Keeping up with the 617: The day the music died

Graphic by Aiden Menchaca / The Tufts Daily

Tom Brady has officially left the New England Patriots and has signed a two-year contract to play for the Tampa Bay Buccaneers. That sentence makes me want to throw up, cry and defenestrate my computer. It doesn’t even seem real that my childhood hero has left Gillette Stadium as a New England Patriot for the final time.

Even with his future hanging in the balance after this season, I never doubted the fact that he’d return to the Patriots for another Super Bowl run. I never doubted the fact that he’d be parading down Tremont Street triumphantly holding his seventh Lombardi Trophy. And I never doubted that he’d retire as a New England Patriot.

Brady was never one who attracted the spotlight early in his career. Coming out of the University of Michigan after throwing 30 touchdowns in four seasons, Tom wasn’t a top quarterback prospect for the 2000 NFL Draft. Although he was projected to be a Day 2 draft choice, he instead took a dreadful draft-day fall to the 199th pick, where the New England Patriots were waiting. 

In his rookie season, Brady took a backseat to seasoned veteran Drew Bledsoe, who led the Patriots to the Super Bowl in 1997, before falling to Brett Favre and the Green Bay Packers. However, Brady continued to display his incredible work ethic and diligence in the offseason and won the praise of many coaches in the Patriots system.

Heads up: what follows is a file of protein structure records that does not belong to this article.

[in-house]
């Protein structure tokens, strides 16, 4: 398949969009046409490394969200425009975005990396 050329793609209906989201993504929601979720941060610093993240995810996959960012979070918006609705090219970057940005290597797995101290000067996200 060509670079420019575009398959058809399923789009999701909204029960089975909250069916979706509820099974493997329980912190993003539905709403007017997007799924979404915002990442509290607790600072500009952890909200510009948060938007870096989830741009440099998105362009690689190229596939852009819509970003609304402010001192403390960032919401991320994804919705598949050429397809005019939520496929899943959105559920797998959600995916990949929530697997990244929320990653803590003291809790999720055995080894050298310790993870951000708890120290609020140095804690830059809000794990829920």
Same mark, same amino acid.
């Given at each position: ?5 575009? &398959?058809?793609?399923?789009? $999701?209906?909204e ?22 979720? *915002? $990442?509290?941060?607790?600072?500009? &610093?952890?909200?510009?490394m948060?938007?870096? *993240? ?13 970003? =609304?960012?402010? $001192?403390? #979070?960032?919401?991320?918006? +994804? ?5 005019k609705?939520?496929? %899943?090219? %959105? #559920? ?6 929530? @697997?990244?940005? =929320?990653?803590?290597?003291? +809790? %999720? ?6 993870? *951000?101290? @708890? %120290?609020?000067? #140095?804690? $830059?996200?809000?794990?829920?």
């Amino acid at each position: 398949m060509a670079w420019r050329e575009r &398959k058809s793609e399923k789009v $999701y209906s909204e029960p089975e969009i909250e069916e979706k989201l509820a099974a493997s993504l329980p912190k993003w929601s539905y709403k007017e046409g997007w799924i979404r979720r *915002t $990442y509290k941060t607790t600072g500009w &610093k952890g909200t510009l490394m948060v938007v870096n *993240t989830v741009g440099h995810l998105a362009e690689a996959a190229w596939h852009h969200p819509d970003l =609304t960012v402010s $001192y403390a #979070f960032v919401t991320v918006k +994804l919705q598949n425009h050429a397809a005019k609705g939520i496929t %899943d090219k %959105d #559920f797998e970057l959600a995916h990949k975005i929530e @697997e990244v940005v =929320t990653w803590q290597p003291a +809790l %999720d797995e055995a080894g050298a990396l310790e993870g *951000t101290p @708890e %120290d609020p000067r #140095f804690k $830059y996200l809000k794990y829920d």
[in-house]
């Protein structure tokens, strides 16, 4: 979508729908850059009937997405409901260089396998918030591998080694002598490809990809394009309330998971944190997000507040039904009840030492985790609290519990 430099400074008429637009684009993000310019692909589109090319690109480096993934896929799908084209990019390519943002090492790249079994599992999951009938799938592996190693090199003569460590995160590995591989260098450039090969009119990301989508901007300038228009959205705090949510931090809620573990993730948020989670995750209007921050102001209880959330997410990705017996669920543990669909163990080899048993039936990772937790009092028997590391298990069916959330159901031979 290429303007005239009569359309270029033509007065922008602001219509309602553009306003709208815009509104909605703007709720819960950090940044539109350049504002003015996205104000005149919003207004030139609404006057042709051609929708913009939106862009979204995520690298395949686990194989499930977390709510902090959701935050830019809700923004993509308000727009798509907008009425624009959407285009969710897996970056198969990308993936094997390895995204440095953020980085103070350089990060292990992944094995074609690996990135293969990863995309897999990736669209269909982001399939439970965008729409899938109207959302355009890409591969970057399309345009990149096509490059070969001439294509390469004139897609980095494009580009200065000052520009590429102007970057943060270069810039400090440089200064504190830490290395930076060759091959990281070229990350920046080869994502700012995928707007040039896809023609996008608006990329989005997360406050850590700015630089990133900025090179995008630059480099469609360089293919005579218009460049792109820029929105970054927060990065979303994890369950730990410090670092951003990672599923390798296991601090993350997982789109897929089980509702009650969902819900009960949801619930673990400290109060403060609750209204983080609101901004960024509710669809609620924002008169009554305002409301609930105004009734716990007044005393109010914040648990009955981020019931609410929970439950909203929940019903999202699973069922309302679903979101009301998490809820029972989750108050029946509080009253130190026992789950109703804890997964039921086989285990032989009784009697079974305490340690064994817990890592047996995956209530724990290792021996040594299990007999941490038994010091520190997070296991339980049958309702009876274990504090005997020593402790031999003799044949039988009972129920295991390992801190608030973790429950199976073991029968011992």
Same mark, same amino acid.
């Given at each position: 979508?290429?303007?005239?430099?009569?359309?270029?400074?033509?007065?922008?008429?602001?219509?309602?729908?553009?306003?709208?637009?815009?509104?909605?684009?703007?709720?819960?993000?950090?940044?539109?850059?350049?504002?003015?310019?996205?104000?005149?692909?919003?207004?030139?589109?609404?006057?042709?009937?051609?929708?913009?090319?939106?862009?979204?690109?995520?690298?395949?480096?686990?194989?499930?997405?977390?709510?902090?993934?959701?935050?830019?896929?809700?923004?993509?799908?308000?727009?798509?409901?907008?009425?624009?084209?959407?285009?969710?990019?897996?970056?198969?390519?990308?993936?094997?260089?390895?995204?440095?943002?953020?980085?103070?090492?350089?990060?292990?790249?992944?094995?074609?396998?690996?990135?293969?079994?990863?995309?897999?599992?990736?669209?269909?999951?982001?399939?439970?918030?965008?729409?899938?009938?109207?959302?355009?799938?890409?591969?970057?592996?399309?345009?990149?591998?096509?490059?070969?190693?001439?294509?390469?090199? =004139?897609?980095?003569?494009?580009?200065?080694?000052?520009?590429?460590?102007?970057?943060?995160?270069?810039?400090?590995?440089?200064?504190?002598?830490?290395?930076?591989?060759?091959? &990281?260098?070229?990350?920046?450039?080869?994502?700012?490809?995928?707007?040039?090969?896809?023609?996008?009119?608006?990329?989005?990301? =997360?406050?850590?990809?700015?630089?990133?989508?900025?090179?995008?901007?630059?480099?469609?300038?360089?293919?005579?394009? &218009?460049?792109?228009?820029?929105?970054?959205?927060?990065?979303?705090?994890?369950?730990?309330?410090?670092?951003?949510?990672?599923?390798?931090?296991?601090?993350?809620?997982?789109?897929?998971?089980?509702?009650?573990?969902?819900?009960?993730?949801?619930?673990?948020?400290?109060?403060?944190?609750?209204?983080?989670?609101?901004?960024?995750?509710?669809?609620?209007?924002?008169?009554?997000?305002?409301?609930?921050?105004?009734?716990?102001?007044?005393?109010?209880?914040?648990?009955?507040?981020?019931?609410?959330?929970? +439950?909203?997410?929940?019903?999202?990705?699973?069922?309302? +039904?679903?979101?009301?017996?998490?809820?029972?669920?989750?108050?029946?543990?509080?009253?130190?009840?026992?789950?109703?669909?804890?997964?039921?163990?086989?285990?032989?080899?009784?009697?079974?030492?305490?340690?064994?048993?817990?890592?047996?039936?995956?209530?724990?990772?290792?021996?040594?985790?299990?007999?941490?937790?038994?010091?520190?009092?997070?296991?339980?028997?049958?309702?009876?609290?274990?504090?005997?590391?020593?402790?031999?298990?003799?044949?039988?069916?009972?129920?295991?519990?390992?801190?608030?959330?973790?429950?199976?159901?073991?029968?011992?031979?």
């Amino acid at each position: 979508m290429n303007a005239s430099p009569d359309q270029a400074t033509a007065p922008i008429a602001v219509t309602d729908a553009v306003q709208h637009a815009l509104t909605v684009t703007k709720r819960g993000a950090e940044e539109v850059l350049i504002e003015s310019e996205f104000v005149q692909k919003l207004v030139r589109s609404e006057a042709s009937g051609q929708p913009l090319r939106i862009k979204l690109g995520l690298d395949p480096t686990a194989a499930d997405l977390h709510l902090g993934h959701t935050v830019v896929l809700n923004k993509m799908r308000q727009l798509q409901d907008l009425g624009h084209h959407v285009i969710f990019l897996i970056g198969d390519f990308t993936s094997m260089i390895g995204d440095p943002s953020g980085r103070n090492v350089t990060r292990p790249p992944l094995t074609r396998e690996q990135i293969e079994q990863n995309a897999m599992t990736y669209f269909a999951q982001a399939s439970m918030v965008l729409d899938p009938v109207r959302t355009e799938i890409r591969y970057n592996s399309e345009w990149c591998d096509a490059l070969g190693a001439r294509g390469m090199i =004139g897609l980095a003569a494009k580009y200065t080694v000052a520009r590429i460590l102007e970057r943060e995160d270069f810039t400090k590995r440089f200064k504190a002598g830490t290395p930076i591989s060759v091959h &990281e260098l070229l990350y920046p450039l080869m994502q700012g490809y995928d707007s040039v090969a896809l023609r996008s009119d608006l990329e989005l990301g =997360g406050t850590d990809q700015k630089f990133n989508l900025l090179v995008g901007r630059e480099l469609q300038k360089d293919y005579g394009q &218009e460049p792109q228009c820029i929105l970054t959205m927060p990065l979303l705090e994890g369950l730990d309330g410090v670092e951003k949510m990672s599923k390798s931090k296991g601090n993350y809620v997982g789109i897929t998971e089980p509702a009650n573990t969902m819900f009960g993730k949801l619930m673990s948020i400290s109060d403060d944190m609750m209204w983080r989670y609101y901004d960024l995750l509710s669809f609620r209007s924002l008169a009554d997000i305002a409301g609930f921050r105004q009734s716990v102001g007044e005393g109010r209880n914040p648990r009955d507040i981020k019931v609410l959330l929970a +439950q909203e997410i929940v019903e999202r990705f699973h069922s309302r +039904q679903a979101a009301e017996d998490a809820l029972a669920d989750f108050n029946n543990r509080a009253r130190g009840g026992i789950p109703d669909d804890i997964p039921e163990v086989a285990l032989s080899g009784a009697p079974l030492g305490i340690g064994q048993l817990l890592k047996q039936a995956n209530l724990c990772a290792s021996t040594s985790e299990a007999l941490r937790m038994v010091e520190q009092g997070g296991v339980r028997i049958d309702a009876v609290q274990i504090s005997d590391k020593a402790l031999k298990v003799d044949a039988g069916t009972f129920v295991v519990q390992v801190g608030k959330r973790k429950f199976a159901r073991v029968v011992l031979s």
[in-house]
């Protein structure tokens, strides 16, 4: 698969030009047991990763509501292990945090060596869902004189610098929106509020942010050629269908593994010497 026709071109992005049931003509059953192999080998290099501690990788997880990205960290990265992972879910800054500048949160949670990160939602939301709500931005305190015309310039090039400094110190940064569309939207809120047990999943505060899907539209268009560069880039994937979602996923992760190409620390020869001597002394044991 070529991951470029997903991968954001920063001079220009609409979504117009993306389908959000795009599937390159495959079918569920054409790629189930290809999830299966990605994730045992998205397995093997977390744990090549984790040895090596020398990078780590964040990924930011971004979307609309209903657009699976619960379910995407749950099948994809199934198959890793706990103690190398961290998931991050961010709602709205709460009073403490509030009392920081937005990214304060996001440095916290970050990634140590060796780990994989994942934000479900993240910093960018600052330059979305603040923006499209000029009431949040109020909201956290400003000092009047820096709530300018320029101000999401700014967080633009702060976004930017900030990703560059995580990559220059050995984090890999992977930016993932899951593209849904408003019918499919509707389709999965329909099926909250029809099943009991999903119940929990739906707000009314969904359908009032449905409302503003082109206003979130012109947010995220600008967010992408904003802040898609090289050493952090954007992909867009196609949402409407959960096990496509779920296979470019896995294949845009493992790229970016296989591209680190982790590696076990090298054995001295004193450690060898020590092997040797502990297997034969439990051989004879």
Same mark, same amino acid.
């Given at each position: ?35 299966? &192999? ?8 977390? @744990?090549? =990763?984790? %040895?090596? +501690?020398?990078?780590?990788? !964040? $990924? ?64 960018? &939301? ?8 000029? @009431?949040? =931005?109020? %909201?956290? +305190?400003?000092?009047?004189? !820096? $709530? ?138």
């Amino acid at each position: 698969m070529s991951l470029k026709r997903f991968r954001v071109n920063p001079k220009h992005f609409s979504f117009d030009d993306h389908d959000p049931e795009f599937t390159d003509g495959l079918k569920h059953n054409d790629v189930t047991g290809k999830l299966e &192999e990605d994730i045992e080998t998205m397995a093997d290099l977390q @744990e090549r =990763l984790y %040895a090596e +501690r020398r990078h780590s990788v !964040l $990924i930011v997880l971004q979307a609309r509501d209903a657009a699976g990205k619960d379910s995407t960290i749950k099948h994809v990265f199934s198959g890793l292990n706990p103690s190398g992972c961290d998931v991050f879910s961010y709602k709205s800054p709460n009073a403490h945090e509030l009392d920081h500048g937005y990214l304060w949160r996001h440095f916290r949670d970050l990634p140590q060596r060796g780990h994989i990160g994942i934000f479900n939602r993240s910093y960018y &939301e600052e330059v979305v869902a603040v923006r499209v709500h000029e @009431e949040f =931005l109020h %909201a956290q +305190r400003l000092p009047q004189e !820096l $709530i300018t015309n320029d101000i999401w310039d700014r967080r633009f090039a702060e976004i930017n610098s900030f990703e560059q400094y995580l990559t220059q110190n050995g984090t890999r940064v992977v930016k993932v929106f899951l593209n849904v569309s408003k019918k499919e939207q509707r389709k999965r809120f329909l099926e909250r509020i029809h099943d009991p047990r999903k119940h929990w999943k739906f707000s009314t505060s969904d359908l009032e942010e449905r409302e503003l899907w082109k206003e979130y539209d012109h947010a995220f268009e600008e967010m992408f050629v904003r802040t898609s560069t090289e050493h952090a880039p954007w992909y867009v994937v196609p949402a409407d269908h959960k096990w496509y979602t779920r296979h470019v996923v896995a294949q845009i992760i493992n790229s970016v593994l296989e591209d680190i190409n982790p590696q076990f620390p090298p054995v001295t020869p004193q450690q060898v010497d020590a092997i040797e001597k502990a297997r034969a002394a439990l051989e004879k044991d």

During a game against the New York Jets in 2001, Bledsoe suffered a sheared blood vessel in his chest after a hit from Jets linebacker Mo Lewis and was forced to leave the game. Brady finally received his chance — and he ran with it. He led the underdog Patriots to three Super Bowl victories in four years and established a dynasty in New England. He won the hearts of every young Patriots fan, including me.

Brady embodied the true meaning of being an underdog. Every single draft scout wrote him off as a bust or, at best, a backup journeyman. Yes, Brady isn’t the most athletic quarterback. He doesn’t have any speed or the best arm, and his mobility is mediocre. But his determination, grit and fiery attitude led him to six Super Bowl wins and various accolades.

Whenever Brady received the ball down by seven in the fourth quarter, I never doubted him. Contrary to other quarterbacks in the NFL, Brady wanted the ball under pressure; that’s where he thrived. He never seemed to lose his confidence in the pocket, no matter who he was throwing to.

Prior to Brady’s Foxboro, Mass. arrival, the Patriots reached only two Super Bowls in over 40 years. They suffered through a handful of painful and rebuilding seasons. Most years, they could barely fill half the capacity in the old Foxboro Stadium. Brady arrived and instilled a sense of joy across New England. Brady gave New England 20 years of incredible football and amazing memories while continuing his legend status in the NFL.

As I continue to read the Brady headlines during this social-distancing era, I will never fully believe that Brady has left New England. Brady has made me cry, punch walls, hug strangers and associate myself with the group of degenerates that is the Patriots faithful. I used to play football in my backyard, and I’d imagine I was Tom Brady throwing to Randy Moss to win the Super Bowl. Every Sunday afternoon Tom Brady ruled my family’s TV as my dad and I would enthusiastically cheer after every Brady touchdown. Tom Brady isn’t just a football player to me: He was my childhood hero and a symbol of happiness for New England.

I will keep wrestling with the idea that the Patriots will roll with a quarterback that isn’t Tom Brady next season. Us Patriots fans were spoiled with greatness, and I will never forget the childhood memories that Tom Brady gave me. Brady entered the NFL as a no-name, backup-destined quarterback and left Gillette Stadium as a legend 20 years later.

No one in New England will forget what Tom Brady did for this organization and city. He will always be in our hearts. TB12 forever.


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